Estuaries and Coasts

, Volume 33, Issue 5, pp 1080–1098 | Cite as

Distribution of Diatoms and Development of Diatom-Based Models for Inferring Salinity and Nutrient Concentrations in Florida Bay and Adjacent Coastal Wetlands of South Florida (USA)

  • Anna WachnickaEmail author
  • Evelyn Gaiser
  • Laurel Collins
  • Thomas Frankovich
  • Joseph Boyer


The composition and distribution of diatom algae inhabiting estuaries and coasts of the subtropical Americas are poorly documented, especially relative to the central role diatoms play in coastal food webs and to their potential utility as sentinels of environmental change in these threatened ecosystems. Here, we document the distribution of diatoms among the diverse habitat types and long environmental gradients represented by the shallow topographic relief of the South Florida, USA, coastline. A total of 592 species were encountered from 38 freshwater, mangrove, and marine locations in the Everglades wetland and Florida Bay during two seasonal collections, with the highest diversity occurring at sites of high salinity and low water column organic carbon concentration (WTOC). Freshwater, mangrove, and estuarine assemblages were compositionally distinct, but seasonal differences were only detected in mangrove and estuarine sites where solute concentration differed greatly between wet and dry seasons. Epiphytic, planktonic, and sediment assemblages were compositionally similar, implying a high degree of mixing along the shallow, tidal, and storm-prone coast. The relationships between diatom taxa and salinity, water total phosphorus (WTP), water total nitrogen (WTN), and WTOC concentrations were determined and incorporated into weighted averaging partial least squares regression models. Salinity was the most influential variable, resulting in a highly predictive model (r apparent 2  = 0.97, r jackknife 2  = 0.95) that can be used in the future to infer changes in coastal freshwater delivery or sea-level rise in South Florida and compositionally similar environments. Models predicting WTN (r apparent 2  = 0.75, r jackknife 2  = 0.46), WTP (r apparent 2  = 0.75, r jackknife 2  = 0.49), and WTOC (r apparent 2  = 0.79, r jackknife 2  = 0.57) were also strong, suggesting that diatoms can provide reliable inferences of changes in solute delivery to the coastal ecosystem.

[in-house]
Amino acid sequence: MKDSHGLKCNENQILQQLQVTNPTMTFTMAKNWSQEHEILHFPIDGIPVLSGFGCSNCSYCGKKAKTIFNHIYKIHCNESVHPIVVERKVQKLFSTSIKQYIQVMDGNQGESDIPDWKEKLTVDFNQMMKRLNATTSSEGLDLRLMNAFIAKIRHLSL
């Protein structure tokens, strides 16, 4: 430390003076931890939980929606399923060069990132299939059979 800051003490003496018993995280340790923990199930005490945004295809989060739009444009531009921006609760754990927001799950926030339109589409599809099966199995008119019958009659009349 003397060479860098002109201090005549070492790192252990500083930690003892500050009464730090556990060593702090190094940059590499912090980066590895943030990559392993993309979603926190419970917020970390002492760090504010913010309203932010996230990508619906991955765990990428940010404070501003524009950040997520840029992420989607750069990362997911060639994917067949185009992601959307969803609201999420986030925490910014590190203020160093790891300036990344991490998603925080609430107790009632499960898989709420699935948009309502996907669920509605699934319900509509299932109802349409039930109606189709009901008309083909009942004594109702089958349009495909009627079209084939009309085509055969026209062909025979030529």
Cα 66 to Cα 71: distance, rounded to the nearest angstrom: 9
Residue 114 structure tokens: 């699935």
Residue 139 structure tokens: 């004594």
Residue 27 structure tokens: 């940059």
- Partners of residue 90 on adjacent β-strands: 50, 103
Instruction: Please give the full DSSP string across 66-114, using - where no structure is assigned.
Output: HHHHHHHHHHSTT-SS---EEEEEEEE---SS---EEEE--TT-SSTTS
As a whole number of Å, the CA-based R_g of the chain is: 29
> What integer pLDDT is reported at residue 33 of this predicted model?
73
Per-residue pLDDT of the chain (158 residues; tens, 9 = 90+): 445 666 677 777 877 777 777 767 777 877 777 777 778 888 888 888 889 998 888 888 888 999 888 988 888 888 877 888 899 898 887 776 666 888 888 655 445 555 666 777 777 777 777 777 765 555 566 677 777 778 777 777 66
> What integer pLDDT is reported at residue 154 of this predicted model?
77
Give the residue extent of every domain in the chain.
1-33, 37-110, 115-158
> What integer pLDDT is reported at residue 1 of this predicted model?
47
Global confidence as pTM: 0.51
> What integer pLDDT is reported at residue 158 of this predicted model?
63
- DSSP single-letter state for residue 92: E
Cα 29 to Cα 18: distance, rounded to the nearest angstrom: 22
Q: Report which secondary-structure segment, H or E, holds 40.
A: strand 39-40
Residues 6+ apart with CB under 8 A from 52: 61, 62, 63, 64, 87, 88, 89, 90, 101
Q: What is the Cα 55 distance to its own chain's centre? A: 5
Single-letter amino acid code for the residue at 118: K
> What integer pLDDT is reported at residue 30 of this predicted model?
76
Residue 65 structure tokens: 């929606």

Diatoms Prediction models Diversity Salinity Nutrients Florida Bay 



Financial support for this study was provided to EG through the Southeast Environmental Research Center’s Faculty Research Seed Funds Endowment and to LC and others by the grant from the National Science Foundation (EAR-071298814). The research was developed in the context of the Florida Coastal Everglades Long-Term Ecological Research Program (National Science Foundation, DEB-9910514). Many thanks are due to Greg Losada, Damon Rondeau, Carlos Tudela, Christine Taylor, Dariusz Kosiorek, Olga Saoulova, and Jay Munyon for their valuable field assistance and to Rafael Travieso for his help with GIS. We also would like to thank reviewers for detailed and helpful comments on the manuscript.

Conflict of Interest

I do not have any financial relationship with the organization that sponsored the research. I have a full control of all primary data and I agree to allow the journal to review the data if requested.


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Copyright information

© Coastal and Estuarine Research Federation 2010

Authors and Affiliations

  • Anna Wachnicka
    • 1
    • 2
    Email author
  • Evelyn Gaiser
    • 1
    • 3
  • Laurel Collins
    • 2
    • 3
  • Thomas Frankovich
    • 1
  • Joseph Boyer
    • 1
  1. 1.Southeast Environmental Research CenterFlorida International University, University ParkMiamiUSA
  2. 2.Department of Earth and EnvironmentFlorida International UniversityMiamiUSA
  3. 3.Department of Biological SciencesFlorida International UniversityMiamiUSA

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